Finally, she goes for the jugular — when Van admits she still sees Earn, and that he’s living with her “when he can afford to” (insinuating that he pays his share of rent, which we know he doesn’t), Jayde laughs. “You used to make fun of girls like you,” she says. “You need to think about your value… Black women need to be valuable.” When Jayde’s date shows up — with a friend for Van — Van grabs her coat and leaves.
In a clever twist, that whole conversation is just a set-up for the episode’s real plot. After Jayde drives up to Van in the parking lot and apologizes, they go for a drive and, although Van doesn’t usually smoke pot, bond over a joint. “I love you, Van,” Jayde says warmly. The next morning, Van is awoken by her phone’s alarm, reminding her today’s the day for her workplace-mandated drug test.
The news sets in motion a slapstick scramble to find clean urine, which leads to a very funny montage in which Van extracts the stuff from her baby’s diapers. A colander doesn’t quite work; a cheesecloth is better. She boils and strains the mixture and places it in the fridge to cool. Tense, she arrives at school — she’s a teacher — with a condom full of baby piss taped to her thigh like a garter belt. When she tries to rip it open in the bathroom, the condom breaks and its contents spill all over her.
Exhausted, Van goes to the principal and admits she smoked weed. The principal reacts kindly: “Everybody smokes.” Then she informs Van that since she just admitted drug use to a superior, she’s fired. “You’re OK,” she says, giving the bewildered Van a maternal hug.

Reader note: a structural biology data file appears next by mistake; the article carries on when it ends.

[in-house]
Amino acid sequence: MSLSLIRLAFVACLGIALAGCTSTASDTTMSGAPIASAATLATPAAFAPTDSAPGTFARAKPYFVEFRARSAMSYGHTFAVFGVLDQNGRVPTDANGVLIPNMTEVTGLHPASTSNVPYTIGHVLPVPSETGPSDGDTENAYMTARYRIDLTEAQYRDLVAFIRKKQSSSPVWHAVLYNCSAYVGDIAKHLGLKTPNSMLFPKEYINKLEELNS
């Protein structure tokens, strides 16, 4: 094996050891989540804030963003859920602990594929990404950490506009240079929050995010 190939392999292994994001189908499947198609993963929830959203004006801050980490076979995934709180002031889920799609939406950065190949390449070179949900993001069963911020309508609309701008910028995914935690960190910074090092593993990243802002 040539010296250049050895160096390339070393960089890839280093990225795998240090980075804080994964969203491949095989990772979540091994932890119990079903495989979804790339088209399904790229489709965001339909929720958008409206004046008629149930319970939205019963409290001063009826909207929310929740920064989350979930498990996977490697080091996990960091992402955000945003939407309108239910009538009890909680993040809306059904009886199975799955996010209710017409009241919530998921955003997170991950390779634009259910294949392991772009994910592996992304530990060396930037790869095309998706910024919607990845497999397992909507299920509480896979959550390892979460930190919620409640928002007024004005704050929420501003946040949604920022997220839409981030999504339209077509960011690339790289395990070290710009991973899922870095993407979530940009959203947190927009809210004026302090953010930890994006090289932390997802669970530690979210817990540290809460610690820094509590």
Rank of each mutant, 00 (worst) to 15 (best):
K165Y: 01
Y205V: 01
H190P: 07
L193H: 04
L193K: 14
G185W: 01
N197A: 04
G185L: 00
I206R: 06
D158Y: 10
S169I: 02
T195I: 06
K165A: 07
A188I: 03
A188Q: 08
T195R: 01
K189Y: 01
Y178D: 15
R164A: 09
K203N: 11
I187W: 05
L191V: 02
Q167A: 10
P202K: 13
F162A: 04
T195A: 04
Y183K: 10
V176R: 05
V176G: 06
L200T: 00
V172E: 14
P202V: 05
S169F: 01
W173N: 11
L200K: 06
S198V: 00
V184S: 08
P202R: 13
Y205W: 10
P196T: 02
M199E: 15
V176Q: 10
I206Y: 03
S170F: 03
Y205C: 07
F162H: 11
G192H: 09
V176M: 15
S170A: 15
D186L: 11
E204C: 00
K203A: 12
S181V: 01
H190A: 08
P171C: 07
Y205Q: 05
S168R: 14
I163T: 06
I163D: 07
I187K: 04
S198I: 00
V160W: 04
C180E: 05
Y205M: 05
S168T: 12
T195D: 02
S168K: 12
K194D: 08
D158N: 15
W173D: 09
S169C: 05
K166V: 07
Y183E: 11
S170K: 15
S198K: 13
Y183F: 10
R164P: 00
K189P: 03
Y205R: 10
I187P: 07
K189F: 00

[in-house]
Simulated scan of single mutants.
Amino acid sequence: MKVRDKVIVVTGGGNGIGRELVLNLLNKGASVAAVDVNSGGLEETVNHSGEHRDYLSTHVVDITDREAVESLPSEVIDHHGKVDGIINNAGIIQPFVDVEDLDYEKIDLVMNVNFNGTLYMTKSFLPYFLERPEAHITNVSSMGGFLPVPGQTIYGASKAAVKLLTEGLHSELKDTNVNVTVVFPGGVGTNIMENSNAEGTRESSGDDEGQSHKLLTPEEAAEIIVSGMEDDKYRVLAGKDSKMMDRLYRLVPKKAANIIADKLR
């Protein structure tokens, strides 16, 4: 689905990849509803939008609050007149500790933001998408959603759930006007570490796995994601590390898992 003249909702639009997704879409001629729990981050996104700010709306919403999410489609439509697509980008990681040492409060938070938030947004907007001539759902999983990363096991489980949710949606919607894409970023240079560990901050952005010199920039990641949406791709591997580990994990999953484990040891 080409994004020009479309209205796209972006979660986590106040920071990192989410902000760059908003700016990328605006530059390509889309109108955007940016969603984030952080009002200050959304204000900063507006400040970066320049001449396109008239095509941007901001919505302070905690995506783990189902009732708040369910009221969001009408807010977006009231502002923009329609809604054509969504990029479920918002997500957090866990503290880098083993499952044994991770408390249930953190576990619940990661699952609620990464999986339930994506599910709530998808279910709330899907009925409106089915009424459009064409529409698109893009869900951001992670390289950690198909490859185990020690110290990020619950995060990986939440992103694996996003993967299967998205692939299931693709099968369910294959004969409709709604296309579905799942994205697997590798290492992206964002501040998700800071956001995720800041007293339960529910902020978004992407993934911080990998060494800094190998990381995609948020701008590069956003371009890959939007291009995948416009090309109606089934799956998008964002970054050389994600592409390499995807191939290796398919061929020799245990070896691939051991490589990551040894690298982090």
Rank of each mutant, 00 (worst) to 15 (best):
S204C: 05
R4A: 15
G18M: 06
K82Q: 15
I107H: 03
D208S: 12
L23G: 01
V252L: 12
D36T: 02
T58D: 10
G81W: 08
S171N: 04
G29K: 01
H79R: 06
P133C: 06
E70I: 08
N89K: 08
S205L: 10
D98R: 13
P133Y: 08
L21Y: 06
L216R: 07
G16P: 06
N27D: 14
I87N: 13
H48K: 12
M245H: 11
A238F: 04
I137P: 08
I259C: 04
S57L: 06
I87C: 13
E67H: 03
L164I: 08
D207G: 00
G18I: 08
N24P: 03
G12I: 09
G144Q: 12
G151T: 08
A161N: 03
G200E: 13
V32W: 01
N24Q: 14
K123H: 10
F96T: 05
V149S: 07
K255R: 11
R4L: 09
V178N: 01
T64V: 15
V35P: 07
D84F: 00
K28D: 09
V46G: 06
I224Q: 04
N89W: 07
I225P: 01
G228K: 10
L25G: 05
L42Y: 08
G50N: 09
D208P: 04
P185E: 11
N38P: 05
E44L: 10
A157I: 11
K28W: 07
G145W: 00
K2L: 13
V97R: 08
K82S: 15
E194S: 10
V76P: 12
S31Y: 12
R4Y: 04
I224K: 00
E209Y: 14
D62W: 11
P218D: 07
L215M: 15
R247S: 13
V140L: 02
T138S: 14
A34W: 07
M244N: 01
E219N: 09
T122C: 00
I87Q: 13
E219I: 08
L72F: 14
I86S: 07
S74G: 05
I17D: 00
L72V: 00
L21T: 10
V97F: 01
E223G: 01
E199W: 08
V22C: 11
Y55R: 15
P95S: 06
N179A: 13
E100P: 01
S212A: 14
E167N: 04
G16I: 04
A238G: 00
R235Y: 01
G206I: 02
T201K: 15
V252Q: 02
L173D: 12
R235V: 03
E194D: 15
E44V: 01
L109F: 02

The episode is perfectly plotted and paced, funny with just a tinge of that surreal quality that makes Atlanta so beguiling: It ends with an eerie close-up shot of a strange kid in Van’s class who keeps creeping out all the teachers by showing up to school in whiteface. Best of all, Van’s dilemma isn’t a “lady problem.” This is a situation anyone, man or woman, could find themselves in.
And yet “Value” — co-written by Glover and Atlanta staff writer Stefani Robinson — isn’t exactly gender-neutral. The episode paints an evocative portrait of the frustrations and limitations that so many young women (particularly black women) in this country chafe against. It’s easy for Jayde to push her rah-rah, go-girl message on her best friend, but it’s not so easy to hold onto your dignity and set high standards, to avoid being treated like shit by your man or your boss — and still maintain a sense of humor and hope, have fun, get yours. It’s even harder as a functionally single parent on a teacher’s salary. That Atlanta managed to transmit these ideas in a 25-minute episode devoted to a character who until now has remained on the show’s margins — and not come off as a finger-wagging gender studies seminar — is an impressive feat.
Atlanta airs Tuesdays at 10 p.m. on FX.